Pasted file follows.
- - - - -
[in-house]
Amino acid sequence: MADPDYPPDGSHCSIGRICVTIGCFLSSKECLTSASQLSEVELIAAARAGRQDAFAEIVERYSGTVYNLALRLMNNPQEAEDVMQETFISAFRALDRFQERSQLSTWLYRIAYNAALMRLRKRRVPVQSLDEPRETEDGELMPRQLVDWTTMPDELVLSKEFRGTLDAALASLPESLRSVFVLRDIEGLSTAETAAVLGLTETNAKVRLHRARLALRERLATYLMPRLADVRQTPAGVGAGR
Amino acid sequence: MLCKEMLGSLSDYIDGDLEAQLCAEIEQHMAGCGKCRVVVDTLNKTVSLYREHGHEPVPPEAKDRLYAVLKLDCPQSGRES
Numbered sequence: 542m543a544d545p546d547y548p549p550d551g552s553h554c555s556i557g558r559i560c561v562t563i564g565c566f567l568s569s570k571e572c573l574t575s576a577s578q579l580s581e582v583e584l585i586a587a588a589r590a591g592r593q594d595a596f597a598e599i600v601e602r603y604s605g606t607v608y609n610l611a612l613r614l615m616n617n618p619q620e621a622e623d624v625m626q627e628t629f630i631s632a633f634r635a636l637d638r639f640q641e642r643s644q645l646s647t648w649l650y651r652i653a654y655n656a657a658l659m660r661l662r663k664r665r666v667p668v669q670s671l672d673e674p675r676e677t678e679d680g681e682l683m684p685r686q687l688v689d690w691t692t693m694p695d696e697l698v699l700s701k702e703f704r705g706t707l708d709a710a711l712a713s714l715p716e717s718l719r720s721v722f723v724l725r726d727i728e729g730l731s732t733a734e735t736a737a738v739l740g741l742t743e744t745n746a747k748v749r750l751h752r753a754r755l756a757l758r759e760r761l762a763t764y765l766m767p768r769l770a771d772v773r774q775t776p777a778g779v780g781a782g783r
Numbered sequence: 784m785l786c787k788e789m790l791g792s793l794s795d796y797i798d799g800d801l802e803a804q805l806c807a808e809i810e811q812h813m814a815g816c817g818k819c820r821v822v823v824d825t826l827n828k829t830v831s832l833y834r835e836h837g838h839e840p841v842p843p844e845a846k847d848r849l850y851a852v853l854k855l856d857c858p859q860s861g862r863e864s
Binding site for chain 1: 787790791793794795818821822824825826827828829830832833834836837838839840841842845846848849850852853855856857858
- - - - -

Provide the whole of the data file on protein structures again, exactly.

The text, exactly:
[in-house]
Amino acid sequence: MADPDYPPDGSHCSIGRICVTIGCFLSSKECLTSASQLSEVELIAAARAGRQDAFAEIVERYSGTVYNLALRLMNNPQEAEDVMQETFISAFRALDRFQERSQLSTWLYRIAYNAALMRLRKRRVPVQSLDEPRETEDGELMPRQLVDWTTMPDELVLSKEFRGTLDAALASLPESLRSVFVLRDIEGLSTAETAAVLGLTETNAKVRLHRARLALRERLATYLMPRLADVRQTPAGVGAGR
Amino acid sequence: MLCKEMLGSLSDYIDGDLEAQLCAEIEQHMAGCGKCRVVVDTLNKTVSLYREHGHEPVPPEAKDRLYAVLKLDCPQSGRES
Numbered sequence: 542m543a544d545p546d547y548p549p550d551g552s553h554c555s556i557g558r559i560c561v562t563i564g565c566f567l568s569s570k571e572c573l574t575s576a577s578q579l580s581e582v583e584l585i586a587a588a589r590a591g592r593q594d595a596f597a598e599i600v601e602r603y604s605g606t607v608y609n610l611a612l613r614l615m616n617n618p619q620e621a622e623d624v625m626q627e628t629f630i631s632a633f634r635a636l637d638r639f640q641e642r643s644q645l646s647t648w649l650y651r652i653a654y655n656a657a658l659m660r661l662r663k664r665r666v667p668v669q670s671l672d673e674p675r676e677t678e679d680g681e682l683m684p685r686q687l688v689d690w691t692t693m694p695d696e697l698v699l700s701k702e703f704r705g706t707l708d709a710a711l712a713s714l715p716e717s718l719r720s721v722f723v724l725r726d727i728e729g730l731s732t733a734e735t736a737a738v739l740g741l742t743e744t745n746a747k748v749r750l751h752r753a754r755l756a757l758r759e760r761l762a763t764y765l766m767p768r769l770a771d772v773r774q775t776p777a778g779v780g781a782g783r
Numbered sequence: 784m785l786c787k788e789m790l791g792s793l794s795d796y797i798d799g800d801l802e803a804q805l806c807a808e809i810e811q812h813m814a815g816c817g818k819c820r821v822v823v824d825t826l827n828k829t830v831s832l833y834r835e836h837g838h839e840p841v842p843p844e845a846k847d848r849l850y851a852v853l854k855l856d857c858p859q860s861g862r863e864s
Binding site for chain 1: 787790791793794795818821822824825826827828829830832833834836837838839840841842845846848849850852853855856857858